This is probably a very underused method in the fields of mental heath and therapy. The principle is as simple as the name: you build a model of what you think may be happening, you absolutely accept that it will always be a profoundly simplified model of real life but you construct it in such a way as it might reveal something interesting that might be explored further, either in further simulations or real life studies of any sort.

I find it hard to envisage what a purely qualitative simulation would be, I think they are the same as the very important realm of “thought experiments” (Gedankenexperiment) that have been so vital in the physical sciences and, to my mind, bizarrely neglected in much of psychology and MH work. So for my purpose here I am assuming that simulations are always quantitative.

Details #

One very simple simulation formed a fundamental part of a paper I co-authored: Barkham, M., Connell, J., Miles, J. N. V., Evans, C., Stiles, W. B., Margison, F., & Mellor-Clark, J. (2006). Dose-effect relations and responsive regulation of treatment duration: The good enough level. Journal of Consulting and Clinical Psychology, 74(1), 160–167. (not open access, contact me if you want a copy). I for one certainly don’t think that the “good enough level” is a sufficient or complete model of how and why some clients opt out of therapies before a planned duration however simulations in our arena should never aspire to be complete models of real life. What that simulation showed was that if clients coming into therapy tended to improve at a steady (“linear”) rate per week/session but if they differed in what that rate was, with some improving fast and some more slowly, and if they opted out of therapy when they reached a certain level of improvement then even though the individual process for each individual client was a linear one, their aggregate improvement rate would be a curvilinear change, not a linear one. That probably helped researchers think a bit more about “dose response curves” for therapies.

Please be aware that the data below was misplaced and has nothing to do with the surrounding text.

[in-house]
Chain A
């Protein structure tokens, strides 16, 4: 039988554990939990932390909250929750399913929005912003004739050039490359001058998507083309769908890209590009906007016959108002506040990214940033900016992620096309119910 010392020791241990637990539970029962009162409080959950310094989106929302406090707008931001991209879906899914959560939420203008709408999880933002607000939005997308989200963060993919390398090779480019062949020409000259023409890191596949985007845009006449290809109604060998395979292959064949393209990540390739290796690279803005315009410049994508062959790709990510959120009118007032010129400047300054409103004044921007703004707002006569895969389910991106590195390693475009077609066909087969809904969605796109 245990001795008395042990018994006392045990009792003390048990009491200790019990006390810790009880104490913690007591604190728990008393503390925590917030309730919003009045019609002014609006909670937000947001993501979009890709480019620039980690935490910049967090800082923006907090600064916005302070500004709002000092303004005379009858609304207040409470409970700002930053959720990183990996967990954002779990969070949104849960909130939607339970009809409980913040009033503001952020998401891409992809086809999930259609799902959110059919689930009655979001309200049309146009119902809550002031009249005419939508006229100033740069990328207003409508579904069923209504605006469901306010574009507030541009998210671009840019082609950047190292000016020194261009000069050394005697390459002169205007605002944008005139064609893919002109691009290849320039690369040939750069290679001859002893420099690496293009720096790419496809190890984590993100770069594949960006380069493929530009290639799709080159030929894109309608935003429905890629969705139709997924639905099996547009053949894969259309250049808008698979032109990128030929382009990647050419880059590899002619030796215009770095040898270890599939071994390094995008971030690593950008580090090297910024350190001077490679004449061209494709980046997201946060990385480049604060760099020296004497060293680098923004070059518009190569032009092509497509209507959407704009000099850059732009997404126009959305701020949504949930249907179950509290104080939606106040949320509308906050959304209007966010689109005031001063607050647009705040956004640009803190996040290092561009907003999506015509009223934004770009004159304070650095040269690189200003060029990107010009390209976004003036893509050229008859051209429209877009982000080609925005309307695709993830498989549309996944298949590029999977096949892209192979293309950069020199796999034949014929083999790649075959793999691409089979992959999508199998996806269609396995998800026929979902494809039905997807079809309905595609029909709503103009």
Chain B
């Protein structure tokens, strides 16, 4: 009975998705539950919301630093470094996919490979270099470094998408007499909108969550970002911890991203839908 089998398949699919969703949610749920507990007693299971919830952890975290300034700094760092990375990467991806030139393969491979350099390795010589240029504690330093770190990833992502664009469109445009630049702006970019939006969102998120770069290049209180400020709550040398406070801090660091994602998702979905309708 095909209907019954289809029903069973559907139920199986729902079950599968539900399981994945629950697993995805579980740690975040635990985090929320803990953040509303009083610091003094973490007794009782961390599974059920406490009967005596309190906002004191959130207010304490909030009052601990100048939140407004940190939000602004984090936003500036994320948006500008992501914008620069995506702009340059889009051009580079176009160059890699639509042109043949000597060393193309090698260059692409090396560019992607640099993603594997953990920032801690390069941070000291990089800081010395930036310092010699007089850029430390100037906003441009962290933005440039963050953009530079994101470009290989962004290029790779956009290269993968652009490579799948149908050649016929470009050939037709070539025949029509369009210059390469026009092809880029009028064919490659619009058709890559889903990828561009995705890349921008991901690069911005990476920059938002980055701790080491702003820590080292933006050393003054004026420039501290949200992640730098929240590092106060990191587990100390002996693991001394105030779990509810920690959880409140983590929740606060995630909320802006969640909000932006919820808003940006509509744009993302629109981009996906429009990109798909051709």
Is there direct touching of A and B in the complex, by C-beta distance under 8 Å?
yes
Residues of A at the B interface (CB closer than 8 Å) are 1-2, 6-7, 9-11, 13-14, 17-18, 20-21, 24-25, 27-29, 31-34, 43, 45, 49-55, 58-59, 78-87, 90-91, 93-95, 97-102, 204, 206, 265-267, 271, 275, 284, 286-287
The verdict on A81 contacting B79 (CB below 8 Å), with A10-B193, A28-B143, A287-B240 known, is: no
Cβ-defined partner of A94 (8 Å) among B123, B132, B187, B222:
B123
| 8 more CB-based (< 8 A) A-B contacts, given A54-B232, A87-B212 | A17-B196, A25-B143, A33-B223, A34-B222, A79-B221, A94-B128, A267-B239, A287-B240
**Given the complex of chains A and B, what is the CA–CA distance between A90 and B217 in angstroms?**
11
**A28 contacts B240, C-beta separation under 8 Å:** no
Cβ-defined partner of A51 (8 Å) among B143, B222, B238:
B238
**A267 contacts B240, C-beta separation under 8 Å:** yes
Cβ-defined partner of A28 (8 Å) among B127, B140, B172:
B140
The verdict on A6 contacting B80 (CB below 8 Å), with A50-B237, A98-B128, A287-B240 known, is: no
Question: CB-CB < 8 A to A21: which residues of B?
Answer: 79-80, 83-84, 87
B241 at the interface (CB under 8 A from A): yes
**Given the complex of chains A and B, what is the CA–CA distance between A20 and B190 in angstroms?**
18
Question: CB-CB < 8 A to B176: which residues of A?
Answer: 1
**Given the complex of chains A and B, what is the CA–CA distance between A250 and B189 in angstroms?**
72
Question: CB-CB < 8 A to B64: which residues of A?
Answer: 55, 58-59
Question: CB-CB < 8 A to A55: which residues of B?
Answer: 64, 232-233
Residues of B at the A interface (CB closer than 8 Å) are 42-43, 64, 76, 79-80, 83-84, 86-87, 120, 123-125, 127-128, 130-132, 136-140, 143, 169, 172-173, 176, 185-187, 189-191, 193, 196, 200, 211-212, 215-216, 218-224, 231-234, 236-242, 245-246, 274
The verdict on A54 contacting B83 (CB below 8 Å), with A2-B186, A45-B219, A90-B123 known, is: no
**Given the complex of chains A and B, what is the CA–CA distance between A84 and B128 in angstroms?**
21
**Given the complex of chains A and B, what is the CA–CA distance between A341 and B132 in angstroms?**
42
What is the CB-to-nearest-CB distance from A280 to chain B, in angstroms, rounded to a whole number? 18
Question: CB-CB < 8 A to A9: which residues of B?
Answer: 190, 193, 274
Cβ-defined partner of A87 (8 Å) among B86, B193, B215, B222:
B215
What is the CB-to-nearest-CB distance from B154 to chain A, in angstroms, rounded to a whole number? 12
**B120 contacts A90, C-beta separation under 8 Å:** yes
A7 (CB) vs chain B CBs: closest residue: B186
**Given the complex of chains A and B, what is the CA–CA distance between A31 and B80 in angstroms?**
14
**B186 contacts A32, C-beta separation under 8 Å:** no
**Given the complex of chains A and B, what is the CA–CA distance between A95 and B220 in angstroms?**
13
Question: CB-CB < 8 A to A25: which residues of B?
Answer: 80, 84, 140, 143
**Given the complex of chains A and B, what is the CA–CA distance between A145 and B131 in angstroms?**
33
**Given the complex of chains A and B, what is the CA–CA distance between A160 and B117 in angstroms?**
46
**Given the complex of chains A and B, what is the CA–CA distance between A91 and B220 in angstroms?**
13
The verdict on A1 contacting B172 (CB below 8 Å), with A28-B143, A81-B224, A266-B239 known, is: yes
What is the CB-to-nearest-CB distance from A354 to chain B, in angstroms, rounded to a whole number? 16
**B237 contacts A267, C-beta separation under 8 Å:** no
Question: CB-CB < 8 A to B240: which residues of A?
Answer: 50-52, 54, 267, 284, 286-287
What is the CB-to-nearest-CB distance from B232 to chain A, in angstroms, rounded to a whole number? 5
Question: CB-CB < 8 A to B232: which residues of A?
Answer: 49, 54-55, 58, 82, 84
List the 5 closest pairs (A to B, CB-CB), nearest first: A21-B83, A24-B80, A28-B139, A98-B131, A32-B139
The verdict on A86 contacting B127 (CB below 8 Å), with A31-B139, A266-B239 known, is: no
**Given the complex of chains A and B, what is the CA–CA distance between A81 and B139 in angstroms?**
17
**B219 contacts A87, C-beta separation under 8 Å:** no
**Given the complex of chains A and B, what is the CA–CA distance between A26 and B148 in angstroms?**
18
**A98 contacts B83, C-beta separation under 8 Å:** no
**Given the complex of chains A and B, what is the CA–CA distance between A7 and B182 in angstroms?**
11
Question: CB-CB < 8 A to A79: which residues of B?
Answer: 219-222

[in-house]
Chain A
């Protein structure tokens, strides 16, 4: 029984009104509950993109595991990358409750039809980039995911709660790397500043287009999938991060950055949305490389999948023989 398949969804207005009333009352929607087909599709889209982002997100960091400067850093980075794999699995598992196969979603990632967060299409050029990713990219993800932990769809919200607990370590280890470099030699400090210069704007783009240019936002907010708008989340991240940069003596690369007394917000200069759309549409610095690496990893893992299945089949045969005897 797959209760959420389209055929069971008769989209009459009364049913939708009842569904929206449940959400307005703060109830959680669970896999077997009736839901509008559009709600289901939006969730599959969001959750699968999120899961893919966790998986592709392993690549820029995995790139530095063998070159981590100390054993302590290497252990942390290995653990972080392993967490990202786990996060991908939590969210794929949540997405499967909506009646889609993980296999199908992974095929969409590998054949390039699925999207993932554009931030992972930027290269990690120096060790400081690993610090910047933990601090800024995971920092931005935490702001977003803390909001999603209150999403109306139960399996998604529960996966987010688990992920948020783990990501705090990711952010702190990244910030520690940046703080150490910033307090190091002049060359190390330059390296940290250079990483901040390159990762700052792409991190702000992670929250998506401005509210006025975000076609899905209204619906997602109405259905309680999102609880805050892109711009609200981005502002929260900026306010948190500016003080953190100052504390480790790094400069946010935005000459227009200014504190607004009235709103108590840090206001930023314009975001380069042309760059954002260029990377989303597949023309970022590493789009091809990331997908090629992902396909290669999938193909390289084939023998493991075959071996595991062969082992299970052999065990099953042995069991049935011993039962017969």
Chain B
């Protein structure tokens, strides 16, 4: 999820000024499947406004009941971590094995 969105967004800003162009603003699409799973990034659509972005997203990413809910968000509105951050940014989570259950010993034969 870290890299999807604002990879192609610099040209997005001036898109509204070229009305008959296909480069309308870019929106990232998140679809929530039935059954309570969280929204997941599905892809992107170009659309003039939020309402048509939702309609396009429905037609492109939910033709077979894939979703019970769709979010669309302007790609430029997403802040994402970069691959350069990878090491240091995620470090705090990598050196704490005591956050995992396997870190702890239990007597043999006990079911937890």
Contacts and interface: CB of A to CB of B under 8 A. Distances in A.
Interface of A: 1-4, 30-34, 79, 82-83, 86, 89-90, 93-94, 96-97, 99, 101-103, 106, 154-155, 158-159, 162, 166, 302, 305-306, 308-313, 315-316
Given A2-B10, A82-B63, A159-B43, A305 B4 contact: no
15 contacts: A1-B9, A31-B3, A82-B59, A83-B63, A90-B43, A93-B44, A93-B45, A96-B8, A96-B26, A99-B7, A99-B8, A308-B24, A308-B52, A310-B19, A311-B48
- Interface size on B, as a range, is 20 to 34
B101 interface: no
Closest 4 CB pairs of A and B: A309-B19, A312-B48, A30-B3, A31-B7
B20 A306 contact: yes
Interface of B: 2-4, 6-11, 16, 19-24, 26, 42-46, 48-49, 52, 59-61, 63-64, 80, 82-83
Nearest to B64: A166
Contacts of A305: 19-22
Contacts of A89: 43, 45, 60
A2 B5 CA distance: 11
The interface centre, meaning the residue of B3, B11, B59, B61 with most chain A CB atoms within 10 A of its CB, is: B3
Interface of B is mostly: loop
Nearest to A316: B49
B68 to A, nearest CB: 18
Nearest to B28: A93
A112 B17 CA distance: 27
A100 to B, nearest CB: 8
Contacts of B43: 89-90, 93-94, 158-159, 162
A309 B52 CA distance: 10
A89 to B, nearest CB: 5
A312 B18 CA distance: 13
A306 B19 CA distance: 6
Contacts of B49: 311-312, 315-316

That also illustrates a very important issue for any process, the distinction between linear and non-linear processes/functions. If a function or process is “linear” i.e. can be represented as an equation at its simplest like this:

y = a*x + c

i.e. that y, the dependent variable of interest is made up of a constant (c) and some multiple of some other variable (x), the multiplier also being a constant (a) then, even for much more complex linear processes than that, perhaps involving multiple predictor (x) variables, simulation is fairly easy and stable even when processes are “iterative”: influenced by their previous state. However, if processes are iterative and non-linear, they can be mathematically “chaotic” and very hard to simulated, or rather easy to simulate but likely to be behave in sometimes profoundly surprising ways.

The model in our paper was of a linear change for individuals: that their state was changing steadily with time. More on these issues about linearity and about chaos in other entries (to come!)

Try also #

Chaos theory
Thought experiment
Linear versus non-linear functions/processes
Opting out, “dropping out”, attrition

Chapters #

Fairly simple simulations generated the data for plots in Chapters 5, 7 and 9.

Online resources #

None envisaged!

Dates #

First created 12.viii.23

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